Mr. Mill, who is the highest of all authorities on this subject, thus writes on the letting of land as it is actually carried out in Ireland: "With individual exceptions (some of them very honourable ones) the owners of Irish estates do nothing for the land but drain it of its produce. What has been epigrammatically said in the discussions on 'peculiar burdens' is literally true when applied to them, that the greatest 'burden' on the land is the landlords. Returning nothing to the soil, they consume its whole produce, minus the potatoes strictly necessary to keep the inhabitants from dying of famine." Read the whole letterDan Sullivan: Are you a Real Libertarian, or a ROYAL Libertarian?
Classical liberals recognized that exclusive access to land, and especially to more land than one was using, was a privilege that should be paid for, thereby eliminating the need for taxes. It is not a fee for using land, but a fee for the state privilege of denying use of that land to everyone else.
Today's land value tax advocates consider graduated land value tax to be unnecessary and problematic, leading to artificial subdivision (and phony subdivision) of land. The point is that Jefferson, to whom libertarians pay homage, considered land monopoly a great evil and land value tax a remedy, as did many other classical liberals:
Ground rents are a species of revenue which the owner, in many cases, enjoys without any care or attention of his own. Ground rents are, therefore, perhaps a species of revenue which can best bear to have a peculiar tax imposed upon them. --Adam Smith
What is Land Rent?
John Houseman, an actor perhaps most widely known as Professor Kingsfield in the long-running TV series, The Paper Chase, later became the pitchman for Smith Barney. In that advertisement, his tag line was "We make money the old-fashioned way -- we earn it."
That we should earn our money rather than live off the efforts of others seems a simple enough moral tenet. But it seems to have lost its cogency in contemporary economic thought. More than a century ago John Stuart Mill noted that
Landlords grow richer in their sleep without working, risking or economizing. The increase in the value of land, arising as it does from the efforts of an entire community, should belong to the community and not to the individual who might hold title.(1)
Today, on the other hand, the unearned surplus which classical economists called rent attaches to monopoly titles -- largely the scarce goods and services of nature like locational sites, and has totally disappeared from economic calculus. Yet this is the primary vehicle by which wealth is captured by economic elites. If government recaptured the socially-created economic rent from land sites that comes from the investment of the collective community, we could eliminate other taxes that are both more onerous and create a drag on the economy that makes us all poorer. There are many websites that explain how this can be done, ways that not only beget greater economic efficiency but also bring about economic justice.(2) The surplus economic rent that derives from community effort is its rightful entitlement.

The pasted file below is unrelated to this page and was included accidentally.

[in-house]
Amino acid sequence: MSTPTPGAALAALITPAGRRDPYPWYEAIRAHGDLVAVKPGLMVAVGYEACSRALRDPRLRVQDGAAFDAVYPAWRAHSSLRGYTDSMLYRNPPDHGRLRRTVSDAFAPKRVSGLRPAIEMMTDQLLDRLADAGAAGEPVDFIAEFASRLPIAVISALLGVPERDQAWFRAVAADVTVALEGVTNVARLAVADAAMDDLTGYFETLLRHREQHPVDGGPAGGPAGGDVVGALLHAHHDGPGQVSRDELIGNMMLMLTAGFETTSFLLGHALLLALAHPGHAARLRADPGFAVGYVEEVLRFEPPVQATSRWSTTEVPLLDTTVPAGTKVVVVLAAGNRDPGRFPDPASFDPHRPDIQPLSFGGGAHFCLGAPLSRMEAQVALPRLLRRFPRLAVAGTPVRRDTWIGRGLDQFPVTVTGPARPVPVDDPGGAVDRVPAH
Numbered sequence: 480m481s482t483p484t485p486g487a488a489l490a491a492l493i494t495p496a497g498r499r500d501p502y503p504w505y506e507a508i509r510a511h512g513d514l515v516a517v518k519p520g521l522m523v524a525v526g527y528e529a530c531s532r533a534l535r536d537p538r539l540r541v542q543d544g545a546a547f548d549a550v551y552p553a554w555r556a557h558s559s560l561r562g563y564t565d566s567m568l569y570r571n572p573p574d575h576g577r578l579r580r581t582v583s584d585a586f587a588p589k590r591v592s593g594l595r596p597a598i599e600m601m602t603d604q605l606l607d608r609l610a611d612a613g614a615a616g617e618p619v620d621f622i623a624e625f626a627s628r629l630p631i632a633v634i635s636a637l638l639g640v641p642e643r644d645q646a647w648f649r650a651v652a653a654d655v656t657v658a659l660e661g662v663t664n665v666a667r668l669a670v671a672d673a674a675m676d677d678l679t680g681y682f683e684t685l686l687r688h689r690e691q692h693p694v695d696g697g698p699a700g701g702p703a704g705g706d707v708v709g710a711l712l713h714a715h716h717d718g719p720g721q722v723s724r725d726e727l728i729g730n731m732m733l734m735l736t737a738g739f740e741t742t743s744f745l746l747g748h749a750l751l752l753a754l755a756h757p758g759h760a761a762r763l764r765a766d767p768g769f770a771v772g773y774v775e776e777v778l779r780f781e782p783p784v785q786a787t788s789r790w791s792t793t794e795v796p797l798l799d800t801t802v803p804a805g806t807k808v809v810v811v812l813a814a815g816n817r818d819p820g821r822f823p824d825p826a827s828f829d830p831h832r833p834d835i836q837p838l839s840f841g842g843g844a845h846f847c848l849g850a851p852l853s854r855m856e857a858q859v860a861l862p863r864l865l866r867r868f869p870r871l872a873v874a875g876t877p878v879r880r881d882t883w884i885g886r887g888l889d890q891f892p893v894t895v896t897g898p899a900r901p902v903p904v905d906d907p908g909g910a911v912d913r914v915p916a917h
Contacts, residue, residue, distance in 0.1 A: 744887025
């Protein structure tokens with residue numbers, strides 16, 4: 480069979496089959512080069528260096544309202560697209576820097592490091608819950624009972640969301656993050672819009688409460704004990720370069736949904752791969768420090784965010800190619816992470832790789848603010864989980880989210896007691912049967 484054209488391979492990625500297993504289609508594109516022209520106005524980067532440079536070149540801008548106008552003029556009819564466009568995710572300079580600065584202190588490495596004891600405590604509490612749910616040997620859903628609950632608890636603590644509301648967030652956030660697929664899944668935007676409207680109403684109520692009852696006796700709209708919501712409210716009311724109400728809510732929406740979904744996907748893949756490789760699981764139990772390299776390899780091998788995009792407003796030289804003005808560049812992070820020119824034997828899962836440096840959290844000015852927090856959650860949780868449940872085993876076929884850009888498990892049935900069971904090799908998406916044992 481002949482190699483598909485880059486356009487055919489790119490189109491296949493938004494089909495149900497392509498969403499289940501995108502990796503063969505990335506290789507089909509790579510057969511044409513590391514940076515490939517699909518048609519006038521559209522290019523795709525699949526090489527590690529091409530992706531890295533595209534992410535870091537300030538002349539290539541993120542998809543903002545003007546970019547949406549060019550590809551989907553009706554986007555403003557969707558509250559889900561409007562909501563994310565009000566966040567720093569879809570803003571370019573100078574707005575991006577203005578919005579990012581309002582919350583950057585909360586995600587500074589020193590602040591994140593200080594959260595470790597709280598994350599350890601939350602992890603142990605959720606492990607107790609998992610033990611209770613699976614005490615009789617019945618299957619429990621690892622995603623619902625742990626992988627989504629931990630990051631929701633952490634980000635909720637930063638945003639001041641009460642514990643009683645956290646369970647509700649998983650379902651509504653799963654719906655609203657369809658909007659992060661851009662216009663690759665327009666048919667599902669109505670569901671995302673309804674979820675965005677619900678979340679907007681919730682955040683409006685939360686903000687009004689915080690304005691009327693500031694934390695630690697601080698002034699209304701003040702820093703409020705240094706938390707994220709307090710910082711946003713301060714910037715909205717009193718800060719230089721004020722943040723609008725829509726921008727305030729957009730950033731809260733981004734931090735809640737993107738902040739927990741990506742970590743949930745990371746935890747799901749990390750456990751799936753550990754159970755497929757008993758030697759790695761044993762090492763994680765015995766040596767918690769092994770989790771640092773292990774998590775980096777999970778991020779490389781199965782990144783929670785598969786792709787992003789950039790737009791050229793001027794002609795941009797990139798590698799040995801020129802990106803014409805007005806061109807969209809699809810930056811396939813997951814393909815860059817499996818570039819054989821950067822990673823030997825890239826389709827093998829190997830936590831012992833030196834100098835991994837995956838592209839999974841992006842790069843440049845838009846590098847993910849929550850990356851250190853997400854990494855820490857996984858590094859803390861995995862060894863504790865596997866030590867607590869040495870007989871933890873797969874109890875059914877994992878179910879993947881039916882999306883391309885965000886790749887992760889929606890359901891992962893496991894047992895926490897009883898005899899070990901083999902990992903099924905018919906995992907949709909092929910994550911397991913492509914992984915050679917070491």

Where does economic rent most tend to lodge? In the center of cities where people are. And also proximate to heavy social investments -- such as railroad and metro stations, public and office buildings, hotels and conference centers, and anywhere there is high traffic in personal or market exchanges. The land value in New York City is higher than all the rest of the New York state combined, even though it is only a minute fraction of the area. One 9-acre site south of the United Nations Building was recently sold to a developer intent on building luxury condominiums facing the East River. That site sold for $680 million, and would have been higher had the existing structure, an obsolete power plant, not have to be razed.(3) Land values in any given area tend to rise and fall together, and tend also to form a contour somewhat comparable to a topographical survey map. In a city's center are the highest value locations, analogous to a mountain peak. Once one departs from that center, land values fall in direct proportion to the value of their use, made more or less attractive by whatever social attributes are provided in the proximate areas. Two illustrations from small and medium sized cities in the United States illustrate the point. ... read the whole article
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Wealth and Want
... because democracy alone hasn't yet led to a society in which all can prosper